Despite its legislation, prosecutors in India rarely use the Bonded Labour System (Abolition) Act of 1976 to prosecute those responsible. According to one report,[50] the prosecutors have no direction from the central government that if a child is found to be underpaid, the case should be prosecuted not only under the Minimum Wages Act, 1948 and the Child Labour (Prohibition & Regulation) Act, 1986, the case should include charges under the Bonded Labour Act of India. The few enforcement actions have had some unintended effects. While there has been a decrease in children working in factories because of enforcement and community vigilance committees, the report claims poverty still compels children and poor families to work. The factory lends money to whoever needs it, puts a loom in the person’s home, and then the family with children works out of their homes, bring finished product to pay interest and get some wages. The bonded child and family labour operations were moving out of small urban factories into rural homes.[50]


  1.  Table 2.8, WDI 2005, The World Bank
  2. ^ Age Data C13 Table (India/States/UTs ), Final Population – 2011 Census of India
  3. ^ “Child Labour – ILO”. ILO, United Nations. 2011.
  4. ^ “India: Child Labour (Prohibition And Regulation) Amendment Act, 2016 Of India”.
  5. ^ “Children and Work (Annual Report 2009)” (PDF). Census 2001. 2008. p. 108.
  6. ^ “Constitution of India” Government of India.
  7. ^ “India- The big picture”UNICEF. Retrieved 19 October 2009.
  9. Jump up to:a b Madslien, Jorn (4 February 2004). “ILO: ‘Child labour prevents is ver”BBC NEWS. Retrieved 20 September 2011.
  10. ^ “Facts on Child Labor – 2010” (PDF). ILO, Geneva. 2011.
  11. ^ “Agriculture accounts for 70 percent of child labour worldwide”. FAO, United Nations. 2006.
  12. ^ “Child Labour”. Archived from the original on 12 May 2012. Retrieved 13 July 2012.
  13. ^ “Archived copy”. Archived from the original on 29 January 2012. Retrieved 9 February 2012.
  14. ^ Burra, Neera. “Child labour in rural areas with a special focus on migration, agriculture, mining and brick kilns” (PDF). National Commission for Protection of Child Rights. Archived from the original (PDF) on 24 January 2009. Retrieved 19 October 2009.
  15. ^ “Gap Under Fire: Reports Allege Child Labor”ABC News. Retrieved 22 October2009.
  16. ^ Hawkes, Steve (17 June 2008). “Primark drops firms using child labour”The Times. London. Retrieved 22 October 2009.
  17. Jump up to:a b Bahree, Megha (3 October 2008). “Child Labor”Forbes. Retrieved 22 October 2009.
  18. ^ Burrell, Ian; Hickman, Martin (17 June 2011). “BBC crisis over ‘fake’ sweatshop scene in Primark documentary”The Independent. London.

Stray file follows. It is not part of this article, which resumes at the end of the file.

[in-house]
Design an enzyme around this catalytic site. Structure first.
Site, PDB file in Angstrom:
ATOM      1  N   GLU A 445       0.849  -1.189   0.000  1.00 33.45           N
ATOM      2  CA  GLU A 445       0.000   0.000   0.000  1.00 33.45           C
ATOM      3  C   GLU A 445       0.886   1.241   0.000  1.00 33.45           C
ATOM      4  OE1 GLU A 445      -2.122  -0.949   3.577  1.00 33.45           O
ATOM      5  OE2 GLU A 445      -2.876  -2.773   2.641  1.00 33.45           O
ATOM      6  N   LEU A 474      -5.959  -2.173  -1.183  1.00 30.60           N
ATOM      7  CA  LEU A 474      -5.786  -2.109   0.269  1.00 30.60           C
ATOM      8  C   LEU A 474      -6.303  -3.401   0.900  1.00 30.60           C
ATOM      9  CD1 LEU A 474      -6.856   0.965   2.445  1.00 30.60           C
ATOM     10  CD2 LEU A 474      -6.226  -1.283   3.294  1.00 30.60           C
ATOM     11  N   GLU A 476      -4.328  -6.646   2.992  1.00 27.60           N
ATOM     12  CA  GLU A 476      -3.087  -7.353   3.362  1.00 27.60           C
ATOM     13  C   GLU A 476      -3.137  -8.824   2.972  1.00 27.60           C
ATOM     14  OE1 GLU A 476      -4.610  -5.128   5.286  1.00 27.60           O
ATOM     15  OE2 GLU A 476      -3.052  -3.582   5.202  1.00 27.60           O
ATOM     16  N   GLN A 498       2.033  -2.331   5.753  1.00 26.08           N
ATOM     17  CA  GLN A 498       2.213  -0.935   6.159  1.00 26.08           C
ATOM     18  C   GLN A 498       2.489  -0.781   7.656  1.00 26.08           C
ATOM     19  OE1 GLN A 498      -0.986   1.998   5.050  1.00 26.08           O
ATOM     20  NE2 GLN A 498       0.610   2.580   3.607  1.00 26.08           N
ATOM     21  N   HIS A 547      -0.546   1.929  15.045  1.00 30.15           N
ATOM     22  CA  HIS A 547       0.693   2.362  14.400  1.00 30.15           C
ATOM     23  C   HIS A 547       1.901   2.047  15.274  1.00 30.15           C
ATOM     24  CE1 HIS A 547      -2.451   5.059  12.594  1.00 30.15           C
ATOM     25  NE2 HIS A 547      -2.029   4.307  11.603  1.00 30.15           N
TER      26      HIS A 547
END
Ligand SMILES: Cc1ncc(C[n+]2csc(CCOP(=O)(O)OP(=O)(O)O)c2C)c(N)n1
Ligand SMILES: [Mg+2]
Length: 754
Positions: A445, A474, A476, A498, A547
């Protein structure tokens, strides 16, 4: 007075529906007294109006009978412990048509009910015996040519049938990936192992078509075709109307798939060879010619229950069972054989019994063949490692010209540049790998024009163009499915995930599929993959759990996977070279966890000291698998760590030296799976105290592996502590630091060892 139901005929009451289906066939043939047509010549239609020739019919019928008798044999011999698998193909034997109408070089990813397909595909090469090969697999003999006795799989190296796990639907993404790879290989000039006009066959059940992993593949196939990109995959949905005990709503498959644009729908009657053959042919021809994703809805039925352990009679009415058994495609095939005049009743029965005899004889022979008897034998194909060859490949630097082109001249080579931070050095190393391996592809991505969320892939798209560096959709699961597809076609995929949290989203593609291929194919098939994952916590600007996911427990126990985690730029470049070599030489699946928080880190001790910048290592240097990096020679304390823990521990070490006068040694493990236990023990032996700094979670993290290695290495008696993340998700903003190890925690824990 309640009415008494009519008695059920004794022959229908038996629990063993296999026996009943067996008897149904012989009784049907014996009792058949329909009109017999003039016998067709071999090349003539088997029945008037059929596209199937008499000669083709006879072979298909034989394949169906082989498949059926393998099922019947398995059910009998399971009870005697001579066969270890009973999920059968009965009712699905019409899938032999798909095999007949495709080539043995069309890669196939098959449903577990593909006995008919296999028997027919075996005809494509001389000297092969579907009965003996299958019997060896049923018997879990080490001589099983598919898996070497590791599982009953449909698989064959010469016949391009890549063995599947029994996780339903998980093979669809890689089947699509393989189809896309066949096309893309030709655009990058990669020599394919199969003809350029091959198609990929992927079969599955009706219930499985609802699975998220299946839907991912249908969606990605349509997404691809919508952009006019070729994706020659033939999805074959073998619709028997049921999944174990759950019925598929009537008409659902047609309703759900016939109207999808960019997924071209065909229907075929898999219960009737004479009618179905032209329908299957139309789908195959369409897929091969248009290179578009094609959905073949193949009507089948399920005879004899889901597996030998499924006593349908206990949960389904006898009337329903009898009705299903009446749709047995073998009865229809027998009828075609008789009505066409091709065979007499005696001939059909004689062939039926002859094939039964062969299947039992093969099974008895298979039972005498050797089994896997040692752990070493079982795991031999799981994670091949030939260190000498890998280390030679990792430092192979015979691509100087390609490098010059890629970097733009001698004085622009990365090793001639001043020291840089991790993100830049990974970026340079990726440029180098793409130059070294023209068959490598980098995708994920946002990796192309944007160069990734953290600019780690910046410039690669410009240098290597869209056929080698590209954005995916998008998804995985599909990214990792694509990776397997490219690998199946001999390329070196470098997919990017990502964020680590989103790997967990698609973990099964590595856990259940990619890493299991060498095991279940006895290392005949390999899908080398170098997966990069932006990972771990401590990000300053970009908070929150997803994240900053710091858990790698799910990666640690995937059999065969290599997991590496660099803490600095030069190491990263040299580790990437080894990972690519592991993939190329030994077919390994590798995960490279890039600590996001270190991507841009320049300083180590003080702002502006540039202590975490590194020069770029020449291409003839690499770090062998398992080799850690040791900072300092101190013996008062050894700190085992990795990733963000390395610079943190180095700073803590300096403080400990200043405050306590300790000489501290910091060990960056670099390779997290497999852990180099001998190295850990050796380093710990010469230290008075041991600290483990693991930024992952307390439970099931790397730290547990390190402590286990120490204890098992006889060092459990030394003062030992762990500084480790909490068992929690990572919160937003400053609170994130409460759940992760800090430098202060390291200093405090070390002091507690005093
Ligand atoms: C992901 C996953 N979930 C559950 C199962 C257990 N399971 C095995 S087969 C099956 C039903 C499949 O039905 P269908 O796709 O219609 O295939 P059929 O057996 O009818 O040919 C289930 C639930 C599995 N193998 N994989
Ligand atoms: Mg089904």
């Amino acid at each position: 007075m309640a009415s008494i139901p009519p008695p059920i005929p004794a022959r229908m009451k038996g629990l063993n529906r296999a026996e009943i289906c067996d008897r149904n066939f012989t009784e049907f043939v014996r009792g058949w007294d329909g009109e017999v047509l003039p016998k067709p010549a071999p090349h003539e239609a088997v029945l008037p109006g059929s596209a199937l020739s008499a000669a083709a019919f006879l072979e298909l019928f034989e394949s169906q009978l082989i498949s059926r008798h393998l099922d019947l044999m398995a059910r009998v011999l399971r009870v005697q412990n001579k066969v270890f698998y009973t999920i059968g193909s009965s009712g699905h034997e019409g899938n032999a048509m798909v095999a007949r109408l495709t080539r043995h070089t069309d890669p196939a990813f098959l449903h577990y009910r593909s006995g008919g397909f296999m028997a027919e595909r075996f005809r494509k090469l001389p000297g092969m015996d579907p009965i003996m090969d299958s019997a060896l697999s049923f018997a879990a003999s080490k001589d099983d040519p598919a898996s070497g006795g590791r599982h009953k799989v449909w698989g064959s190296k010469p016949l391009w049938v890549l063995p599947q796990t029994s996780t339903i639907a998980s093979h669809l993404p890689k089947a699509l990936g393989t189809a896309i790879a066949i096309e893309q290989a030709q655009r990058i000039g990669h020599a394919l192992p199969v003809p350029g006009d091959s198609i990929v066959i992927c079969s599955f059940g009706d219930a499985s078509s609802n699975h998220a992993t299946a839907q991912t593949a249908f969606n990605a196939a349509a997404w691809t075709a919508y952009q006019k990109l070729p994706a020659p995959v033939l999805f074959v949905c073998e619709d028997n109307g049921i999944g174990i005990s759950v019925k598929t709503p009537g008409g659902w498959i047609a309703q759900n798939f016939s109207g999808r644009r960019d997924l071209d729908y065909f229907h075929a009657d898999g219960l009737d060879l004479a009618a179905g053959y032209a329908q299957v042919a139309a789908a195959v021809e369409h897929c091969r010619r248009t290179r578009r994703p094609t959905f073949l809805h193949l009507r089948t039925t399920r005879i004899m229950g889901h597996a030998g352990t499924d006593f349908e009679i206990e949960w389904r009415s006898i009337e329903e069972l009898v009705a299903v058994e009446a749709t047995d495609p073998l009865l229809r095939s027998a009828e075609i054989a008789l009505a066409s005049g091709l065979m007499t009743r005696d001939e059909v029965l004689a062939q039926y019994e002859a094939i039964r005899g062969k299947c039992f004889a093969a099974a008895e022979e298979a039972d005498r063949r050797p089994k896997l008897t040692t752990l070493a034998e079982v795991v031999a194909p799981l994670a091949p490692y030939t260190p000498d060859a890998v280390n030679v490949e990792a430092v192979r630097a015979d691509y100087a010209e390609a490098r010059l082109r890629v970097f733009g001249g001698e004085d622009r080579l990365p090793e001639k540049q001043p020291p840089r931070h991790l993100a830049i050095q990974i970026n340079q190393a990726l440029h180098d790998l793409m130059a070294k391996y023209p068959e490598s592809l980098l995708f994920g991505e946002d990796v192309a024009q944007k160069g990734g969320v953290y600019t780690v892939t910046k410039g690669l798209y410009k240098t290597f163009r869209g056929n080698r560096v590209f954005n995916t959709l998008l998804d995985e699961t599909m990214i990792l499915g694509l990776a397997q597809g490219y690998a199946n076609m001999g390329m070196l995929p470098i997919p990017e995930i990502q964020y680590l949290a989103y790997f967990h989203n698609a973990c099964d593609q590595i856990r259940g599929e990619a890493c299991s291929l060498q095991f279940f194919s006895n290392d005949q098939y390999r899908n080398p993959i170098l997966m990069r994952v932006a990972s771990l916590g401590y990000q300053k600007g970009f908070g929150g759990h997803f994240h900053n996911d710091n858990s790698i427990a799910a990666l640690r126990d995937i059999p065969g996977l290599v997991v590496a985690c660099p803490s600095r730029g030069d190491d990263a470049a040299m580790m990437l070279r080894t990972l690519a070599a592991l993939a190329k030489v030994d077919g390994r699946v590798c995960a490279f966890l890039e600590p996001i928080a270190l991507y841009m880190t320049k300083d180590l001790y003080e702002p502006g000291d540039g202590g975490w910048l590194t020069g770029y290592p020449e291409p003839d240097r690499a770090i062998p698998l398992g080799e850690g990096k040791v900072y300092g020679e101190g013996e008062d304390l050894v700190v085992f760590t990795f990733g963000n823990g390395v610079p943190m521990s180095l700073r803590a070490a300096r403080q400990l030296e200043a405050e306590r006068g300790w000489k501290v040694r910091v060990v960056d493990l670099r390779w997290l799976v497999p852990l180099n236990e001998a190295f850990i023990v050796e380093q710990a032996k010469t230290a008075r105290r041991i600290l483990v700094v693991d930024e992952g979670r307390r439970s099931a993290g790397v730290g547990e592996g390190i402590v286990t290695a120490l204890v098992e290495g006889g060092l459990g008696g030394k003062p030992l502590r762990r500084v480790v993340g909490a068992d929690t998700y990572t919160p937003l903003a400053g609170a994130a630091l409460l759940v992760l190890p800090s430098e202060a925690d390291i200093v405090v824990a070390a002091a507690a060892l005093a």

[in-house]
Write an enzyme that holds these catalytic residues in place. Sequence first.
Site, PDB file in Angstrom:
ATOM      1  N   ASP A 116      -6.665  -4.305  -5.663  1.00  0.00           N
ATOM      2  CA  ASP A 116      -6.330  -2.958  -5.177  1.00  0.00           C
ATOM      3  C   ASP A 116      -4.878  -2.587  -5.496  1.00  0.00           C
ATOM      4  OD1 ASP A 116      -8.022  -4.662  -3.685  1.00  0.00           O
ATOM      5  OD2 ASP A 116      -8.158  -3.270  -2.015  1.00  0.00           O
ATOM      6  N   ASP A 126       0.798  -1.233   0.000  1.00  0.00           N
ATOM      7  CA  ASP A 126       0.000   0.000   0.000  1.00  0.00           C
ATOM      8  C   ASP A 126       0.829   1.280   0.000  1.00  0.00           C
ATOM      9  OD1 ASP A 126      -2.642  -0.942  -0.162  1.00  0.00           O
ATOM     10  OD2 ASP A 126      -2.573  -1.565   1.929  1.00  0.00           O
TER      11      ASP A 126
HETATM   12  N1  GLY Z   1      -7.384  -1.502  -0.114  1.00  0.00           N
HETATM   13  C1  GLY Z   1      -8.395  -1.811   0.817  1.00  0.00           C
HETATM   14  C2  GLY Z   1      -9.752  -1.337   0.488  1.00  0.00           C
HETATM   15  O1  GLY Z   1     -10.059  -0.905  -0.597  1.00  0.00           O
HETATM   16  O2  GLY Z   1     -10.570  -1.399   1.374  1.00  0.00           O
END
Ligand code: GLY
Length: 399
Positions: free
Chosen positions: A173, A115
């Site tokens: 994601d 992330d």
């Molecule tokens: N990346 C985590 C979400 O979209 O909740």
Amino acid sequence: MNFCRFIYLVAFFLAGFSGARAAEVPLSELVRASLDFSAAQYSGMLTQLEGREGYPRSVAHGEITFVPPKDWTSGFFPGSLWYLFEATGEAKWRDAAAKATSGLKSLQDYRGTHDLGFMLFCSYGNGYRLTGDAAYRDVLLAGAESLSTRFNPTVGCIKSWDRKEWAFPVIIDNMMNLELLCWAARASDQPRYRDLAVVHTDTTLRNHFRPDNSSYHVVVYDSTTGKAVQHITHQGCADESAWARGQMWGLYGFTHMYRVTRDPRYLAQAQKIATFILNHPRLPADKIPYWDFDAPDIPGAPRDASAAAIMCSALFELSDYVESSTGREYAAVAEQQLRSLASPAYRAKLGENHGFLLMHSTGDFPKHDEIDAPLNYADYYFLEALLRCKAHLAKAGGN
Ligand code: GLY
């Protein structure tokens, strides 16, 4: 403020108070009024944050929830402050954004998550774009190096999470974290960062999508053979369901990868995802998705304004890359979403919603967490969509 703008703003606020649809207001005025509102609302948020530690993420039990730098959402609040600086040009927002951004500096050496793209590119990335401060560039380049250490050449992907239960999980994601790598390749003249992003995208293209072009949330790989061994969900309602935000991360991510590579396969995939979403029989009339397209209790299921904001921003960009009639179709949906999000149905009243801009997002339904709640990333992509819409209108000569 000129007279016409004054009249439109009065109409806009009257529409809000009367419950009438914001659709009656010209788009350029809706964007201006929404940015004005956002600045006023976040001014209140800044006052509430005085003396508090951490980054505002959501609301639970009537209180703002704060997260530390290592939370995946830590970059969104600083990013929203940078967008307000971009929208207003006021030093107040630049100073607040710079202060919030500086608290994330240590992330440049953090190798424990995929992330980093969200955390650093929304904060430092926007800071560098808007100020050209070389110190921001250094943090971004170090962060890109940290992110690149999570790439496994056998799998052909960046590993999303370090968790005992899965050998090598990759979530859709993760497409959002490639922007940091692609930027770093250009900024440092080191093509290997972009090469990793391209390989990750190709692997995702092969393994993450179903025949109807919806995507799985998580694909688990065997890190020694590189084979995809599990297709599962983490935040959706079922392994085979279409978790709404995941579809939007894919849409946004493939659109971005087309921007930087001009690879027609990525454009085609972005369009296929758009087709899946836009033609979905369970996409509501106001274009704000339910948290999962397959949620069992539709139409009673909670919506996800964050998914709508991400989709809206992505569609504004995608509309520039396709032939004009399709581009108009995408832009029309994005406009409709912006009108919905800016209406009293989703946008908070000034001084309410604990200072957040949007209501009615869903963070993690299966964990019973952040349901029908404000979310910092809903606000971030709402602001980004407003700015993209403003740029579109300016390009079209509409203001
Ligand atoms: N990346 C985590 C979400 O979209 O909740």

19. ^ “Primark and BBC Panorama: the true story”. Primark. 2012. Archived from the original on 11 September 2012.
  20. Jump up to:a b “National Legislation and Policies Against Child in India”. International Labour Organization – an Agency of the United Nations, Geneva. 2011. Archived from the original on 9 August 2012. Retrieved 13 July 2012.
  21. ^ “What is child labour?”. International Labour Organization. 2012.
  22. ^ “Definitions: Child Protection”. UNICEF. 2012.
  23. ^ “Figures: An Analysis of Census 2001 Child Labour Facts and Figures” (PDF). Govt of India and ILO. 2007.
  24. ^ “Abolition of Child Labour– A Brief Note” (PDF). National Advisory Council. 2011. Archived from the original (PDF) on 19 January 2012.
  25. ^ “The Children – Education”. UNICEF. 2011.
  26. ^ “Global campaign for children – More teachers needed”. UNICEF. 24 April 2006.
  27. ^ Swati Chandra (10 April 2012). “Shortage of teachers cripples right to education”The Times of India. Archived from the original on 2 February 2014.
  28. ^ “Uniform shortage”. India Today. 3 September 2011.
  29. ^ “Constitution of india”Ministry of Law and Justice, Govt. of India. Archived from the original on 25 March 2016. Retrieved 13 July 2012.
  30. ^ “India: Child Labour (Prohibition And Regulation) Amendment Act, 2016 Of India”.
  31. ^ “Initiatives towards Elimination of Child Labour – Action Plan and Present Strategy”. Ministry of Labour, Government of India. 2011. Archived from the original on 9 September 2011.
  32. Jump up to:a b “Beyond Child Labour – Affirming Rights” (PDF). UNICEF. 2001.
  33. Jump up to:a b c “Child labour – causes”. ILO, United Nations. 2008.
  34. ^ Basu, Kaushik (29 November 2004). “Combating India’s truant teachers”BBC News.
  35. Jump up to:a b “Are Indian Schools Getting Even Worse?”. The Wall Street Journal. 20 January 2012.
  36. ^ Kremer; et al. (September 2004). “TEACHER ABSENCE IN INDIA: A SNAPSHOT” (PDF). World Bank.
  37. ^ “Child Labour and Education – Digest 28” (PDF). UNICEF. 1990.
  38. ^ “India Journal: The Basic Shortages that Plague Our Schools”. The Wall Street Journal. 3 January 2012.
  39. Jump up to:a b Biggeri, Mario; Santosh Mehrotra (2007). Asian Informal Workers: Global Risks, Local Protection. Routledge. ISBN 978-0-415-38275-5.
  40. Jump up to:a b Grootaert, Christiaan; Harry Anthony Patrinos (1999). The Policy Analysis of Child Labor: A Comparative Study. Palgrave Macmillan. ISBN 978-0312221225.
  41. ^ Galbi, Douglas (1997). “Child Labor and the Division of Labor in the Early English Cotton Mills” (PDF). Journal of Population Economics10 (4): 357–375. doi:10.1007/s001480050048PMID 12293082S2CID 5858814.
  42. Jump up to:a b Brown, D. K.; Deardorff, A. V.; Stern, R. M. Child Labor: Theory, Evidence, and Policy (Chapter 3, International Labor Standards: History, Theory, and Policy Options) (PDF). doi:10.1002/9780470754818.ch3ISBN 9781405105552.